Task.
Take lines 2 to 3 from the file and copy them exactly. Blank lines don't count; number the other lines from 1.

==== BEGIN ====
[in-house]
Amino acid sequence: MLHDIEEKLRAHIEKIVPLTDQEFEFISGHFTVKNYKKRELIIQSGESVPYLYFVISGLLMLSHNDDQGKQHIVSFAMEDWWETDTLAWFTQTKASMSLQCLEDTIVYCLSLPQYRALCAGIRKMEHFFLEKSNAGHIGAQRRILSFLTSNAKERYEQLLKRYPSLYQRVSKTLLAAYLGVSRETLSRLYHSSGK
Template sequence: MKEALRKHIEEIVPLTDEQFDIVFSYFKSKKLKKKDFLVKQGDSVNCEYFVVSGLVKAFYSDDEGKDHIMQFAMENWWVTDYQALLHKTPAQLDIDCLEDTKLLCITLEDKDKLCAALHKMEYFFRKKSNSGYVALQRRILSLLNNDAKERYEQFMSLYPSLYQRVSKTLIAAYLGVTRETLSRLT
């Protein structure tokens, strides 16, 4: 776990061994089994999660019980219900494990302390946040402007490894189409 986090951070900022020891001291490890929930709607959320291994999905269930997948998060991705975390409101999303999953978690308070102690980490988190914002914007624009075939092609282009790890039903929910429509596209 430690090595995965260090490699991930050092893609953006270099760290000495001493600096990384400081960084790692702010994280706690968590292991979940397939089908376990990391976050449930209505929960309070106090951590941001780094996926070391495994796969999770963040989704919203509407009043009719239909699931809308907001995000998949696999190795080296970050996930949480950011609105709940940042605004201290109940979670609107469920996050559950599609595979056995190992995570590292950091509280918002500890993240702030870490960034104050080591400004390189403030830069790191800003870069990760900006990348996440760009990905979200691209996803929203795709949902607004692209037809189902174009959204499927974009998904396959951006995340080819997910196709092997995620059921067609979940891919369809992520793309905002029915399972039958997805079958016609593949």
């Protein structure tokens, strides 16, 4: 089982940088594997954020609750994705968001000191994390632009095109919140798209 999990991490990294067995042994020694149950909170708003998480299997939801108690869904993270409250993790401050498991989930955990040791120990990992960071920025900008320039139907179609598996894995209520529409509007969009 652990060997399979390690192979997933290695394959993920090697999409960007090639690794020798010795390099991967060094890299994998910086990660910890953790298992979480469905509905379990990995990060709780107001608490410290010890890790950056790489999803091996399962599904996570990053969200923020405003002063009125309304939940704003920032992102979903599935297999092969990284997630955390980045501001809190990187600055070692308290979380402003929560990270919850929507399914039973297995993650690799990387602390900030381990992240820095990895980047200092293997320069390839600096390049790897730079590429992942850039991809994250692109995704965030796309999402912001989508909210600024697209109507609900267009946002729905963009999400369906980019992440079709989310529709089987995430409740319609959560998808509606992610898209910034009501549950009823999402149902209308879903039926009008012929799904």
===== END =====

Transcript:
Amino acid sequence: MLHDIEEKLRAHIEKIVPLTDQEFEFISGHFTVKNYKKRELIIQSGESVPYLYFVISGLLMLSHNDDQGKQHIVSFAMEDWWETDTLAWFTQTKASMSLQCLEDTIVYCLSLPQYRALCAGIRKMEHFFLEKSNAGHIGAQRRILSFLTSNAKERYEQLLKRYPSLYQRVSKTLLAAYLGVSRETLSRLYHSSGK
Template sequence: MKEALRKHIEEIVPLTDEQFDIVFSYFKSKKLKKKDFLVKQGDSVNCEYFVVSGLVKAFYSDDEGKDHIMQFAMENWWVTDYQALLHKTPAQLDIDCLEDTKLLCITLEDKDKLCAALHKMEYFFRKKSNSGYVALQRRILSLLNNDAKERYEQFMSLYPSLYQRVSKTLIAAYLGVTRETLSRLT